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Sat 16 November 2019
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In her legal action against the Sunday tabloid for publishing a private letter to her father, the Duchess of Sussex claims it deliberately omitted her warnings to him about the British press.



The Mail on Sunday omitted warnings given by Meghan Markle to her reportedly estranged father about the British tabloid press exploiting him in a letter it published which is at the centre of an explosive legal dispute between the duchess and the newspaper.

The Duchess of Sussex is suing the Mail on Sunday’s parent company Associated Newspapers, claiming that it unlawfully published a private letter which she wrote to her father Thomas Markle, who lives in Mexico.

According to reports in the British tabloids over the past year, Prince Harry’s wife is estranged from her father, who did not attend her royal wedding and sold staged photographs to paparazzi of him trying on wedding suits ahead of the marriage last May. Since their relationship reportedly deteriorated, Mr Markle has given a number of interviews to the British tabloids about his daughter.  

In publishing the letter, the Duchess of Sussex is claiming that The Mail on Sunday is liable for misusing private information, infringing her copyright and breaching the Data Protection Act 2018.

In a statement announcing the legal action and condemning the press’ treatment of his American wife, Prince Harry claimed that the Mail on Sunday had “purposely misled” readers “by strategically omitting select paragraphs, specific sentences, and even singular words to mask the lies they had perpetuated for over a year”.

In its front page splash in February, the Mail on Sunday declared: Thomas Markle reveals full content of letter written to him by daughter Meghan.

However, in the particulars of the Duchess’ claim – lodged at the High Court by her lawyers Schillings on 11 October and seen by Byline Investigates – it is alleged that the Mail on Sunday “chose to deliberately omit or suppress parts of the letter in a highly misleading and dishonest manner, including even cutting out words in the middle of a sentence or whole sentences out of a paragraph.”

The Duchess alleges that the Sunday tabloid intended to “deceive the public” by stating that it was disclosing the “full content” of the “five-page letter”.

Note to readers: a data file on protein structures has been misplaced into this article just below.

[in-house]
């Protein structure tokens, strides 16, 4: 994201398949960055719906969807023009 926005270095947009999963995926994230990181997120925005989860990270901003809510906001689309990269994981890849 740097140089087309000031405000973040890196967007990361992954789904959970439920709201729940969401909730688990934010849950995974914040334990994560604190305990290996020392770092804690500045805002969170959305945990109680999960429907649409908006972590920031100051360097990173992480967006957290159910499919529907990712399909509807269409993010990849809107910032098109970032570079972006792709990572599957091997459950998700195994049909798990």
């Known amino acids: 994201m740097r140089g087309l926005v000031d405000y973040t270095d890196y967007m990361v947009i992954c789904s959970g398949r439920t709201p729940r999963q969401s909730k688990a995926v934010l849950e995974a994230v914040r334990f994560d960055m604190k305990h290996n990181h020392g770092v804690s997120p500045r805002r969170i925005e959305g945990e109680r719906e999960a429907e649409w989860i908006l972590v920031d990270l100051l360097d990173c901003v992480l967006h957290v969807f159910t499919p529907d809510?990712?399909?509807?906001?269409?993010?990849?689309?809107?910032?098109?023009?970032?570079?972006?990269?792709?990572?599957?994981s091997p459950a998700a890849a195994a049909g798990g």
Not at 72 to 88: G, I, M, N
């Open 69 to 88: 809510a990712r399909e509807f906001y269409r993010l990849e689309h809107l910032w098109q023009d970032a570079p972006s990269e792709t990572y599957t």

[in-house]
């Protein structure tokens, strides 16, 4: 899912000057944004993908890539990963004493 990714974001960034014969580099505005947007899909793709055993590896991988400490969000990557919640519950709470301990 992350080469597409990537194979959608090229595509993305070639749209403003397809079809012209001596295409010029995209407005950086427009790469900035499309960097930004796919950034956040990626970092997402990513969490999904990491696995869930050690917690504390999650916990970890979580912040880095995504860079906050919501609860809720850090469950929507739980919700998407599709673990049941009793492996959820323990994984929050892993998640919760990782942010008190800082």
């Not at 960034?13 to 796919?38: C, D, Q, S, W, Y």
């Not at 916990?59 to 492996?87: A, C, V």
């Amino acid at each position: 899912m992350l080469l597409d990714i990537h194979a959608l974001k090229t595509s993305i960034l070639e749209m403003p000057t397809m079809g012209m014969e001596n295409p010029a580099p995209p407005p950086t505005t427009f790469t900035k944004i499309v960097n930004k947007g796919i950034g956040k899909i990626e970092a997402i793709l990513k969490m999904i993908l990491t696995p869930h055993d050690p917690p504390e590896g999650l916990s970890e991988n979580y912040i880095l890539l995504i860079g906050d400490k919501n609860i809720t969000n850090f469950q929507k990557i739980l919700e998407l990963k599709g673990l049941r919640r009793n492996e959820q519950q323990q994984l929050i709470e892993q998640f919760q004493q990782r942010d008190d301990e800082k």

The legal document also reproduced two pages of the letter with the published sections blurred and the unused parts redacted:

While the Mail on Sunday has categorically denied that the Duchess’s letter was edited in any way that changed its meaning, the legal document also suggests that some of the passages omitted “which amount to almost half the letter, were removed as they demonstrate the [Duchess’] kindness and concern about the UK tabloid media exploiting her father, and did not fit the [Mail on Sunday‘s] narrative.”.

Furthermore, the Duchess of Sussex claims that Associated Newspapers has an “obvious agenda of publishing intrusive or offensive stories… intended to portray her in a false and damaging light”. 

Examples of articles which have been a part of this agenda, cited by the Duchess and published by Mail Online include:

Harry’s girl is (almost) straight outta Compton: Gang-scarred home of her mother revealed – so will he be dropping by for tea?

Kitchen supported by Meghan’s cookbook is housed inside mosque ‘which has links to 19 terror suspects including Jihadi John

How Meghan Markle’s Australian aide Samantha ‘the Panther’ Cohen rose from a Brisbane home to Buckingham Palace – before becoming the second aide to walk out on the ‘difficult Duchess

How Meghan’s favourite avocado snack – beloved of all millennials – is fuelling human rights abuses, drought and murder.



Byline Investigates is Byline Media’s Investigations Unit

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